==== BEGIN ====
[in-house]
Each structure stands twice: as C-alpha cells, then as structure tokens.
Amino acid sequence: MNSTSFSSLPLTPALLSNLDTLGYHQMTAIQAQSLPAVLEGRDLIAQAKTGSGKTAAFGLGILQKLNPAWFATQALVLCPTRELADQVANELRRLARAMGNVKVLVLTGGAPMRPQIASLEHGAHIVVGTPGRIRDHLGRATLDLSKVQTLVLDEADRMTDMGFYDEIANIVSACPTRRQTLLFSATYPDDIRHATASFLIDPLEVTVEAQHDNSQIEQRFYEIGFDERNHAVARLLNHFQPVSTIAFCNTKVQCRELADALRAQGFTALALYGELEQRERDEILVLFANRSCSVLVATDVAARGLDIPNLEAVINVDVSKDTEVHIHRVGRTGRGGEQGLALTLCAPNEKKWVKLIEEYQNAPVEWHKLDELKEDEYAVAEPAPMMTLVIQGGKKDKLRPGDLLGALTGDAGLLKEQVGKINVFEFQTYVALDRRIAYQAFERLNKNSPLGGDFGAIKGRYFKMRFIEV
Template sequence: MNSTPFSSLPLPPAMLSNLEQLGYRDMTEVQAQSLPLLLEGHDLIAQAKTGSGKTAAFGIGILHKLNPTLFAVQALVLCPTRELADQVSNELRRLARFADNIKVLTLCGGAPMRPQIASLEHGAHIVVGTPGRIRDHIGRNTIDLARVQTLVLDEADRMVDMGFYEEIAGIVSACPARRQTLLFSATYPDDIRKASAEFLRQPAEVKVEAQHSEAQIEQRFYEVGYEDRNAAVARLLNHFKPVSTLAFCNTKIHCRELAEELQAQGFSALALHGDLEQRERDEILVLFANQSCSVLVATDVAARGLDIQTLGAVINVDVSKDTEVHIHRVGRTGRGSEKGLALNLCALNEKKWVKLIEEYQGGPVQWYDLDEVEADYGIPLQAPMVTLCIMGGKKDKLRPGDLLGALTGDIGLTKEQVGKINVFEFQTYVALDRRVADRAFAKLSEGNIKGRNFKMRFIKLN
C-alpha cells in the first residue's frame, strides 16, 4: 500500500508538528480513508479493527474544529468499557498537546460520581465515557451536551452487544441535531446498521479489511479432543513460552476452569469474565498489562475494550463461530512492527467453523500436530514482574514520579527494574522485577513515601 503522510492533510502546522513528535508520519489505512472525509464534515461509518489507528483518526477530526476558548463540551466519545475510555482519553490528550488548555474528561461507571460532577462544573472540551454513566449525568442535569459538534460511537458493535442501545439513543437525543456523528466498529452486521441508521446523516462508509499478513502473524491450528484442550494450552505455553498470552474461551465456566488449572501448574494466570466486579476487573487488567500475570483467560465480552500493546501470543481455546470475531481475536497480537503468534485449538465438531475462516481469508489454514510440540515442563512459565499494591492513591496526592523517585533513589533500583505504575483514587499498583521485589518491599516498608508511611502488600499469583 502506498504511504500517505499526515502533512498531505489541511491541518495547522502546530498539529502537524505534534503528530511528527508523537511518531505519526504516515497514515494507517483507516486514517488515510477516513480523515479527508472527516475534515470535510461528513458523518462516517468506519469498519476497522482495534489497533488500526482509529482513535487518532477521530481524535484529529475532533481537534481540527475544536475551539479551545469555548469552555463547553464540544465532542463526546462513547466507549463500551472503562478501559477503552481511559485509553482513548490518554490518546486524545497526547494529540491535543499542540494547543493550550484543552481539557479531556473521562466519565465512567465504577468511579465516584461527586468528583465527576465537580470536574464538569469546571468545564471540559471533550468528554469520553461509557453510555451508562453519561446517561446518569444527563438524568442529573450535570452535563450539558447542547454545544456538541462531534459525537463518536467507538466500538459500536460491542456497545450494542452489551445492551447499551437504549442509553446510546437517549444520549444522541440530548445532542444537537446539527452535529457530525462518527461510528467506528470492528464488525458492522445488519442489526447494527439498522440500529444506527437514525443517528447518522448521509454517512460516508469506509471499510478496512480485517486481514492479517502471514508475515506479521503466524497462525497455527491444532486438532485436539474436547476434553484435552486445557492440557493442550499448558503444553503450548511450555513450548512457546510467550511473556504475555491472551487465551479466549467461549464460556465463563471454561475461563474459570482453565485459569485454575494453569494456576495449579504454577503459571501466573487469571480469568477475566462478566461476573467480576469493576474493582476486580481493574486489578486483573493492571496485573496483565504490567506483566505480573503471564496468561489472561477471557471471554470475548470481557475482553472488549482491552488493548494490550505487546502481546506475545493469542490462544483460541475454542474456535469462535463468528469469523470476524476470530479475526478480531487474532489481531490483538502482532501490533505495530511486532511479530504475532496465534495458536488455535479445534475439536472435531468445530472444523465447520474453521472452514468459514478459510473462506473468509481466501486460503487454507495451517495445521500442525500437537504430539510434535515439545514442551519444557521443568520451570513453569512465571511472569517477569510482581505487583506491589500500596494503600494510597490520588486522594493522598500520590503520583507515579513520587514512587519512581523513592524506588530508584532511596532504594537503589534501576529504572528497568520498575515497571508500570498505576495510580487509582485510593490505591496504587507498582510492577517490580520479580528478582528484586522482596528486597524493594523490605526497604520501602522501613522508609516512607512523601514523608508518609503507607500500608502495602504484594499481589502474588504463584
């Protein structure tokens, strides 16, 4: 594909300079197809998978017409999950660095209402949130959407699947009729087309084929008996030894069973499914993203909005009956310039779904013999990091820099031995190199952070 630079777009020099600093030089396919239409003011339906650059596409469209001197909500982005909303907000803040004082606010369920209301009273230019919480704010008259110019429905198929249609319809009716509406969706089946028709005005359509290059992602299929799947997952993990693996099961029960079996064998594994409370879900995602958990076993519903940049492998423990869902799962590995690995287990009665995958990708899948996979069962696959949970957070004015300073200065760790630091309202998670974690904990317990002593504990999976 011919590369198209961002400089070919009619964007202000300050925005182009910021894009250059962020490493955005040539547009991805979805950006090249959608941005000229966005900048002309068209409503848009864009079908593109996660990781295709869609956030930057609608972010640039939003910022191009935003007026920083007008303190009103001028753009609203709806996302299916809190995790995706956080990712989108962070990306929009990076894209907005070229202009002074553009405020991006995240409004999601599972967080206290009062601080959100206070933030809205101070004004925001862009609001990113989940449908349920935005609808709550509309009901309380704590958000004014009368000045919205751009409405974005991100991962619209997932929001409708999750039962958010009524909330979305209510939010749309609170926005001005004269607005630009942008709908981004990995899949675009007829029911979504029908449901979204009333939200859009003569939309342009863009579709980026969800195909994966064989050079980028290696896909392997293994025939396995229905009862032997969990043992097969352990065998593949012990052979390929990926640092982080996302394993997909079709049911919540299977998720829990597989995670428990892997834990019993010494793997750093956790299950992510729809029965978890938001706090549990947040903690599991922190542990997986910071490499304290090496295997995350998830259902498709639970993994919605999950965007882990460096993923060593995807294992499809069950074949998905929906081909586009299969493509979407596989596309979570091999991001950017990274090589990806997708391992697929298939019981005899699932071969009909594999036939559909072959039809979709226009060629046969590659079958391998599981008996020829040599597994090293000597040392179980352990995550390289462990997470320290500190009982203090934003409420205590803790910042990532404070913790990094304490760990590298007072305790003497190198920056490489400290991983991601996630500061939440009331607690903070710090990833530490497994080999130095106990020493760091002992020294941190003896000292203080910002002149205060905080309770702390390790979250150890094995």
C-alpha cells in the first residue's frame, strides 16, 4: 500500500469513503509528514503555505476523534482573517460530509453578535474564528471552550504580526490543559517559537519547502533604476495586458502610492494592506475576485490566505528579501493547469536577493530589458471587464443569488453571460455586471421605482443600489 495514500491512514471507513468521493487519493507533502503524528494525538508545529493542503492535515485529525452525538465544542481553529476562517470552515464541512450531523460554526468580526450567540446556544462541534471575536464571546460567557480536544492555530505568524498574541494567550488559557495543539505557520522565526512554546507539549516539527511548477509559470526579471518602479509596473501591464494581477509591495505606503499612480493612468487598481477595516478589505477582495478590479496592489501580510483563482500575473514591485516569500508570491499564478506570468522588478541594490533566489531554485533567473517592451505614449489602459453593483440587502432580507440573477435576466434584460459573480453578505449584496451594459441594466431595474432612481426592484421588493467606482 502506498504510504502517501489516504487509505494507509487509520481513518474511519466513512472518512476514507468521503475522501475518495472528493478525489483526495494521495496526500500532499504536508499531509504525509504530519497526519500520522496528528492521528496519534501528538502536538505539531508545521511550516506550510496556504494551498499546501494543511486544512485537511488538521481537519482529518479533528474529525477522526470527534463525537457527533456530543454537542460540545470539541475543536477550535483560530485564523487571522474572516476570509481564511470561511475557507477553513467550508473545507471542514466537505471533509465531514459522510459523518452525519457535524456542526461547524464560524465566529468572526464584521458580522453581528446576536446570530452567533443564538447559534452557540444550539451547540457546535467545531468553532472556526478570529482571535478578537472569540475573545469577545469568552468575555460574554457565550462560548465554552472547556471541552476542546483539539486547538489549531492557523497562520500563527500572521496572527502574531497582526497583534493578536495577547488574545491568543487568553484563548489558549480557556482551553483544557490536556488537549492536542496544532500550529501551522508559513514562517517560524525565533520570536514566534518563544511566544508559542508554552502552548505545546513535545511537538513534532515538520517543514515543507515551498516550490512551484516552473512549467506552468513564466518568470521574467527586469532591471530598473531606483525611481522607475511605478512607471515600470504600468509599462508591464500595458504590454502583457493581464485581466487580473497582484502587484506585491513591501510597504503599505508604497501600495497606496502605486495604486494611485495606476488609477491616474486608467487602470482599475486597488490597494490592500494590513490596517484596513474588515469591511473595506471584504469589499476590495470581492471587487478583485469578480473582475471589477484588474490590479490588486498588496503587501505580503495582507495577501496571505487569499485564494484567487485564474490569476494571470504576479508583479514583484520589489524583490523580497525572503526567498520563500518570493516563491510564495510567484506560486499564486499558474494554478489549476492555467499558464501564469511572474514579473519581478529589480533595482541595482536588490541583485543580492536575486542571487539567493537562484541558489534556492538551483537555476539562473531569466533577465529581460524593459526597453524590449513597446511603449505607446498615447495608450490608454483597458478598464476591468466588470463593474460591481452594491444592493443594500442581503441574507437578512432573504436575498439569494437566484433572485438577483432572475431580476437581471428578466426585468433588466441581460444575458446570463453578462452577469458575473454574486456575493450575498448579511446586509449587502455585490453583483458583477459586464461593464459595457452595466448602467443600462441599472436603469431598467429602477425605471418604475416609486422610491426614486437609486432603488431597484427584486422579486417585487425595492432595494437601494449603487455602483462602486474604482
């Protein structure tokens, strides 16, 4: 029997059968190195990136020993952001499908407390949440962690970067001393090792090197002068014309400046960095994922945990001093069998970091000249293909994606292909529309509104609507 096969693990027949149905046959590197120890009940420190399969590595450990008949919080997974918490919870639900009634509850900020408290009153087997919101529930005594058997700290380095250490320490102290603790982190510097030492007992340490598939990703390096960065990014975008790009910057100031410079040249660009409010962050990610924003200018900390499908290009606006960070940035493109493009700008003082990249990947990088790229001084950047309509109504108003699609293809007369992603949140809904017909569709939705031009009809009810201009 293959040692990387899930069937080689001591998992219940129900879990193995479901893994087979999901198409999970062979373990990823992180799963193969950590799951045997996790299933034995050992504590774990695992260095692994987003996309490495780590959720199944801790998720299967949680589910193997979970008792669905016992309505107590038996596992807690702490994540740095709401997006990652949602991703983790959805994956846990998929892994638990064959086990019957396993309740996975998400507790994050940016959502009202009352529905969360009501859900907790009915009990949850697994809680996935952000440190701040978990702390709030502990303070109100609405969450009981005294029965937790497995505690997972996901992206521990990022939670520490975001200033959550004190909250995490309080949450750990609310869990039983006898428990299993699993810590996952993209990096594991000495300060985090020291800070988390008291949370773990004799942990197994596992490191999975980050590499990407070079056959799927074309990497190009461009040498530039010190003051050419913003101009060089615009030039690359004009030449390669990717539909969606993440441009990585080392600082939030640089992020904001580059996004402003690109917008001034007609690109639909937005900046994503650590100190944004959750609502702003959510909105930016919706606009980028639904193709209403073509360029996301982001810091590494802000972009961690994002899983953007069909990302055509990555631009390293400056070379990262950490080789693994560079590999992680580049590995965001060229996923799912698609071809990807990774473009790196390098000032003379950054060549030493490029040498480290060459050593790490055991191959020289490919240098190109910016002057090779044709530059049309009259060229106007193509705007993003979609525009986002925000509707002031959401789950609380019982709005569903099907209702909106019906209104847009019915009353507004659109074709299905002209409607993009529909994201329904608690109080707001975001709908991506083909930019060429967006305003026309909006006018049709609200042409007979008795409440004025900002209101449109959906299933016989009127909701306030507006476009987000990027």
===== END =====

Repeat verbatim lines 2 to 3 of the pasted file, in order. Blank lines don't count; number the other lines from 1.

Each structure stands twice: as C-alpha cells, then as structure tokens.
Amino acid sequence: MNSTSFSSLPLTPALLSNLDTLGYHQMTAIQAQSLPAVLEGRDLIAQAKTGSGKTAAFGLGILQKLNPAWFATQALVLCPTRELADQVANELRRLARAMGNVKVLVLTGGAPMRPQIASLEHGAHIVVGTPGRIRDHLGRATLDLSKVQTLVLDEADRMTDMGFYDEIANIVSACPTRRQTLLFSATYPDDIRHATASFLIDPLEVTVEAQHDNSQIEQRFYEIGFDERNHAVARLLNHFQPVSTIAFCNTKVQCRELADALRAQGFTALALYGELEQRERDEILVLFANRSCSVLVATDVAARGLDIPNLEAVINVDVSKDTEVHIHRVGRTGRGGEQGLALTLCAPNEKKWVKLIEEYQNAPVEWHKLDELKEDEYAVAEPAPMMTLVIQGGKKDKLRPGDLLGALTGDAGLLKEQVGKINVFEFQTYVALDRRIAYQAFERLNKNSPLGGDFGAIKGRYFKMRFIEV